Should I port my application to .NET?
March 21, 2007 10:13 PM   Subscribe

Will managed code (.NET) work for me when I'm writing computationally intensive software?

I have this on again, off again project of writing my own ray tracer (a la POV ray: - just as a fun hobby. I have recently been learning C# and .NET, and am interested in taking advantage of the .NET framework for my GUI, file parser, etc.

My main concern is that porting everything to managed code will result in significantly slower performance for the heavy computational nature of the rendering engine. I'm not concerned about the difficulty in *rewriting* the code (it would be a learning exercise - which is the main point), but I want my code to run as fast as possible, and I'm skeptical that will happen with the overhead involved in managed code.

My question is therefore in 2 parts:
1) am I too skeptical of the CLR's performance? Will my code run just as fast as it does natively? I've seen conflicting reports on the web (some say its just as fast, some say otherwise). Any good side by side comparisons out there involving lots of floating point calculations?

2) if I want to port only my front end GUI, etc to .NET, and keep the back end in native C/C++, what is the best way to go about this? I have read about calling unmanaged DLLs from managed code or using C++/CLI with __nogc tags, etc, but I'm worried that these methods are either too clunky to efficiently pass data back and forth and/or involve a lot of overhead as the processor switches back and forth between managed and unmanaged code

Is there a standard manner of handling this issue? Is there a good paper/tutorial you could point me towards that addresses the questions I'm asking?

posted by jpdoane to Computers & Internet (8 answers total) 5 users marked this as a favorite
Well, it's inelegant but you could simply have the GUI call the actual program through an intermediate file. Everything I've read on the subject puts managed code in a pretty bad light for something like this. (I dabble with C# when I have time and the simplest things seem plodding to me when compared to C++.)
posted by IronLizard at 10:34 PM on March 21, 2007

I'm not sure that you'd find the VM really causing lots of performance problems. Remember that all your code is compiled to native code before it is run and I think that if you're running in a tight loop your first iteration may be slow while the JITer does its thing, but your next iterations should be fast.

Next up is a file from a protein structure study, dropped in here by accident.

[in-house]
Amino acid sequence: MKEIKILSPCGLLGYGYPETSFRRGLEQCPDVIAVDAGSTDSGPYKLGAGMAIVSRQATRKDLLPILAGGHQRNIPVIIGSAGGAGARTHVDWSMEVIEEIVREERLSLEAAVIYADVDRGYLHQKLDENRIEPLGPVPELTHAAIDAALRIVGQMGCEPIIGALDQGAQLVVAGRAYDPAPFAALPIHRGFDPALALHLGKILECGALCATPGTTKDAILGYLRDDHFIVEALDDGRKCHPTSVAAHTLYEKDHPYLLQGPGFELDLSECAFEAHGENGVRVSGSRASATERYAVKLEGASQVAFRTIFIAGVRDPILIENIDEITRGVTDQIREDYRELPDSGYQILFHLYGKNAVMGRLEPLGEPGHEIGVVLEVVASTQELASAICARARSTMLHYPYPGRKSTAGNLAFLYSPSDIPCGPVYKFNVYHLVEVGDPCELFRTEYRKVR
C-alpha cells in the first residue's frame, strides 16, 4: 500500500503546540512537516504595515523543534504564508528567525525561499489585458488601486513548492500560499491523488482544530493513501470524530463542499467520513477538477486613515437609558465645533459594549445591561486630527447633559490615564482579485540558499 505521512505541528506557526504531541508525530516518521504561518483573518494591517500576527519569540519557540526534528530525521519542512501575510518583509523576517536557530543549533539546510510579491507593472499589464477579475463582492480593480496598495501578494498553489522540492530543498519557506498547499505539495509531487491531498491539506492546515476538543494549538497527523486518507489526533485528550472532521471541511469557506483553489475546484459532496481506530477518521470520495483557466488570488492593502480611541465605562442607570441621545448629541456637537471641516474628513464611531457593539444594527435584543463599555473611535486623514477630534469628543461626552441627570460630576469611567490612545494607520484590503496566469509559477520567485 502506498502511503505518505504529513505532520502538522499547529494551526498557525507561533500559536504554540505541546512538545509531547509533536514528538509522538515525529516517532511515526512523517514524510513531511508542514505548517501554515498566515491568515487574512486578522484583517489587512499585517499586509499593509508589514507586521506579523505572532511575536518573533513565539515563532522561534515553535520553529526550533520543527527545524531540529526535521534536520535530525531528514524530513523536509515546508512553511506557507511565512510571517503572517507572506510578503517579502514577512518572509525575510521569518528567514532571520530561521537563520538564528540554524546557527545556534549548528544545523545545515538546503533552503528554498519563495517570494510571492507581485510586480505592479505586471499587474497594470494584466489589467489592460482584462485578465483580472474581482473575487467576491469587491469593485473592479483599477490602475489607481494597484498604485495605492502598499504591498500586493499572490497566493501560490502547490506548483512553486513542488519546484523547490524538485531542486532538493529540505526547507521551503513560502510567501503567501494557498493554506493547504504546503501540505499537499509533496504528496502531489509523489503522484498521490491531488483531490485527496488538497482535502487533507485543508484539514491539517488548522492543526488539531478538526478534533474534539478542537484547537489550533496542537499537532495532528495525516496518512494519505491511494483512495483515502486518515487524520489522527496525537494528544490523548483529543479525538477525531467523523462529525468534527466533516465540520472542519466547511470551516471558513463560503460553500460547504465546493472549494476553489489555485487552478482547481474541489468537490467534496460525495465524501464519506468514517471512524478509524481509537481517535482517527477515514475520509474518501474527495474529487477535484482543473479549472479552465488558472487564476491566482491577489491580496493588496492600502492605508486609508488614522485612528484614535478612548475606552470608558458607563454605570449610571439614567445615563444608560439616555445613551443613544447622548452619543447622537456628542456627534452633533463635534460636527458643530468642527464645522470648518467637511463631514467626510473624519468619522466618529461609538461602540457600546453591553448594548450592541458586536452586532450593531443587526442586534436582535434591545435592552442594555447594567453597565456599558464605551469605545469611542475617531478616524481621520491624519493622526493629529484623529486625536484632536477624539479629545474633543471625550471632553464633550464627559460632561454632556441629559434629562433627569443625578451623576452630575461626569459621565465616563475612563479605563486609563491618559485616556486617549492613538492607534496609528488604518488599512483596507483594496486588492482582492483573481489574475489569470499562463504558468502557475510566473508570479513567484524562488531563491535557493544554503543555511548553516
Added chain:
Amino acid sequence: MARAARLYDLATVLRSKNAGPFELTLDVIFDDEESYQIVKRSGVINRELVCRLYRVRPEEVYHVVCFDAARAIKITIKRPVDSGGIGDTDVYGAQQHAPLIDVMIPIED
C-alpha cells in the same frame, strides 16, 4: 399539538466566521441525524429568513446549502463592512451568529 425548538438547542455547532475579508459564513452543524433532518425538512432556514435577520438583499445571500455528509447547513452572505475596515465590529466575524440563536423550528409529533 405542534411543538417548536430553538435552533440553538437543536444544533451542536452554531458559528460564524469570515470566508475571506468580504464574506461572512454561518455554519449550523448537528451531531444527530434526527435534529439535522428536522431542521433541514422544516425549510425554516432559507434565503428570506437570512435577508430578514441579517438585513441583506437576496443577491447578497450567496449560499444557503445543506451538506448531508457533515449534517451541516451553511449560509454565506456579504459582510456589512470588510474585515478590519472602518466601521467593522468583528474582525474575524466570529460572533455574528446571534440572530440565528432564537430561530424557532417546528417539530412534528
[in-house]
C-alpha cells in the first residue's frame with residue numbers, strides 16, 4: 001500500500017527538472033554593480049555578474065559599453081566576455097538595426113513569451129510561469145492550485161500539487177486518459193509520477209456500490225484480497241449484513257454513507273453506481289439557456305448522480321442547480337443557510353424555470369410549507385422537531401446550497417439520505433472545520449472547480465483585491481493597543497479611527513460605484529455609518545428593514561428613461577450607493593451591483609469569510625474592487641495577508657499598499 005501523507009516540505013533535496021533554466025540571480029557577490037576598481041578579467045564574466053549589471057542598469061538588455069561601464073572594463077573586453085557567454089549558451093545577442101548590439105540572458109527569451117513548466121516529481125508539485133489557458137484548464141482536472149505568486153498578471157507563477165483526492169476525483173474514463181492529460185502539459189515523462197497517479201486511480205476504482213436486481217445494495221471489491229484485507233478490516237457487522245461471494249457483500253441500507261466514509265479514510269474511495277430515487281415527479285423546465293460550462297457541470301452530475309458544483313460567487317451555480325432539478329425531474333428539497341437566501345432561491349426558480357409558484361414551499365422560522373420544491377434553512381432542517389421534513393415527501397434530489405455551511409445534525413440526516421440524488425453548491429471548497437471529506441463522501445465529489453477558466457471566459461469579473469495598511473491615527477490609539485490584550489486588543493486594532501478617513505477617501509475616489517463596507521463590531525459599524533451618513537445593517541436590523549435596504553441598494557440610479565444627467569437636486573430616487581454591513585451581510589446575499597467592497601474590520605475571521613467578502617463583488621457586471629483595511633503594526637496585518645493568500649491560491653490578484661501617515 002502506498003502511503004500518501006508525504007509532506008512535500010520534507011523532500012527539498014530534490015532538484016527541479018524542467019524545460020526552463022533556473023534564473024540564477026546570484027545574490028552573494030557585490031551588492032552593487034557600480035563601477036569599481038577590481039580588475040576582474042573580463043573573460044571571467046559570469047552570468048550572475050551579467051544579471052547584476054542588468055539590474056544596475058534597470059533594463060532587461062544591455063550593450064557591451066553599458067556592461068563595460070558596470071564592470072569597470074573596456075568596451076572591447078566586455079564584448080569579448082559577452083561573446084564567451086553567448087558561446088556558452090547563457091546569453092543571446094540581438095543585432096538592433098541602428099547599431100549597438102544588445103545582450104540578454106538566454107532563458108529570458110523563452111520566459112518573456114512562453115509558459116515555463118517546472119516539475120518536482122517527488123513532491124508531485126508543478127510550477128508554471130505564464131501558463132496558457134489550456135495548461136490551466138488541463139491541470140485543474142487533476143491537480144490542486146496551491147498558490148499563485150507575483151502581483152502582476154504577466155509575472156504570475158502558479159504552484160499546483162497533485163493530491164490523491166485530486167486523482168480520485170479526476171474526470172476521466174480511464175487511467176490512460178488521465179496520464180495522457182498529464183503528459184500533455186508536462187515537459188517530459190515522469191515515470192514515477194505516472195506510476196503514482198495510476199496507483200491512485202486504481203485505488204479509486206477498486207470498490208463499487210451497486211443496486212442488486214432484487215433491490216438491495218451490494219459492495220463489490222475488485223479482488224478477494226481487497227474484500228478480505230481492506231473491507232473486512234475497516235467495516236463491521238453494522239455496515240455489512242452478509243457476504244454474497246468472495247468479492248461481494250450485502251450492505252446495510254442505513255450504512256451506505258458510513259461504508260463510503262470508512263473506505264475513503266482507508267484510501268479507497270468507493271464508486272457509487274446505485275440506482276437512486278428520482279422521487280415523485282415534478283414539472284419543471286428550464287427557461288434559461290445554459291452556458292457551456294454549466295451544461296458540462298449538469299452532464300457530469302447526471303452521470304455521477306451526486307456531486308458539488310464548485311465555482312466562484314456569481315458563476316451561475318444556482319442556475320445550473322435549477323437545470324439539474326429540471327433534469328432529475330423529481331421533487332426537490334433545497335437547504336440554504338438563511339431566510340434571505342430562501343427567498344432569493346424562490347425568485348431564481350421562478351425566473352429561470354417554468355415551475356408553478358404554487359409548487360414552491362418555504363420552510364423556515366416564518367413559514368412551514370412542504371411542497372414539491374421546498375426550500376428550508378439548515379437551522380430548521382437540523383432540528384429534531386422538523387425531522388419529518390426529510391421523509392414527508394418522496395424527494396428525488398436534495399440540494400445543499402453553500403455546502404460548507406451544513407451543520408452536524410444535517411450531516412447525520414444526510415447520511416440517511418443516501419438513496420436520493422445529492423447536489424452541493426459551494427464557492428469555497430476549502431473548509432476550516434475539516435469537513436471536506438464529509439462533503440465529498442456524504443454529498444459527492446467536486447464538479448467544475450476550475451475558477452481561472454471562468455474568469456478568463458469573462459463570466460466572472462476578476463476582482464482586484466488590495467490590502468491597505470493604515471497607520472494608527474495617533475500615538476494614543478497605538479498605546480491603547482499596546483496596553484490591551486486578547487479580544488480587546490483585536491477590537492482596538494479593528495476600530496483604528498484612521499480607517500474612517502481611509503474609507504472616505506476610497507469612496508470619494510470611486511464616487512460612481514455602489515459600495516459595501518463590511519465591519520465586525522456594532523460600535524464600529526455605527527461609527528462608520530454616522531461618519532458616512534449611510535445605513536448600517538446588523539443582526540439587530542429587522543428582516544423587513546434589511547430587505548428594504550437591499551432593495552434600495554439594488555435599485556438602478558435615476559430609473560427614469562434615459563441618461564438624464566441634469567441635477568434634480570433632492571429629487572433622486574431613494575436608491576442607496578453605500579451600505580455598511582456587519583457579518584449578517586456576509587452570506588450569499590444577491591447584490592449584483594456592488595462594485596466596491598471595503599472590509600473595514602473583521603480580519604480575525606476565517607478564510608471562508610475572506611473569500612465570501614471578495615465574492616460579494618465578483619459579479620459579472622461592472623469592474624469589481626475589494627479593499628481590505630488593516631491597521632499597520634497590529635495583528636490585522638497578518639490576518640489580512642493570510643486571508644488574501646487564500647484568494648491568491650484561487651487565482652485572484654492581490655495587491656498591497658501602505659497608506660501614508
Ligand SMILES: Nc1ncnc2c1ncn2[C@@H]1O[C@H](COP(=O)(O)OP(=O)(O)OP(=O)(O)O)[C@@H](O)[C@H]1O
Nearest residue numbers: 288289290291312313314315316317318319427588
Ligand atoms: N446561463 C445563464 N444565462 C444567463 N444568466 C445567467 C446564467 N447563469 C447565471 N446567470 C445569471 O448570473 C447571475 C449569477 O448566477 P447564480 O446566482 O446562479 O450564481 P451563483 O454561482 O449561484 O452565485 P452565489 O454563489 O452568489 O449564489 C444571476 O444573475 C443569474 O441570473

I think you should do this just because you'd learn alot. If you think your code is slow you'd learn about how to profile .NET apps and work from there. If you really need the perf as you say you can always P/Invoke into unamanged code and do the nitty gritty down there.

As a side note, I remember running PovRay on my 486/33 and I don't think writing in managed code is going to push you back that far :-). A while back I saw a blog post where someone from Microsoft wrote a simple C++ app, profiled it and started to optimize it. Someone wrote the same app in C# and it ran faster off the bat than the C++ app.
posted by mge at 11:59 PM on March 21, 2007

1) It is hard to say without seeing your code, but .net is a managed environment and platform calls go through an intermediary layer which adds a few ops.

2) You can set it to link to your rendering engine as a native DLL. Pass parameters and the scene to the dll and get your image back. You can do this in an unsafe block in C#. There is a cost to marshaling but it seems like you could set things up to only pay it infrequently. I haven't extensively fooled with this side of .net in a year or so but it was definitely simpler to marshal values over objects. Things to google for are: platform invocation services (PINVOKE), marshaling, unsafe keyword.

IMO, .Net is really designed with developer productivity and maintainability in mind. This comes at the cost of a few things of which performance is one.
posted by rudyfink at 12:19 AM on March 22, 2007

Follow up: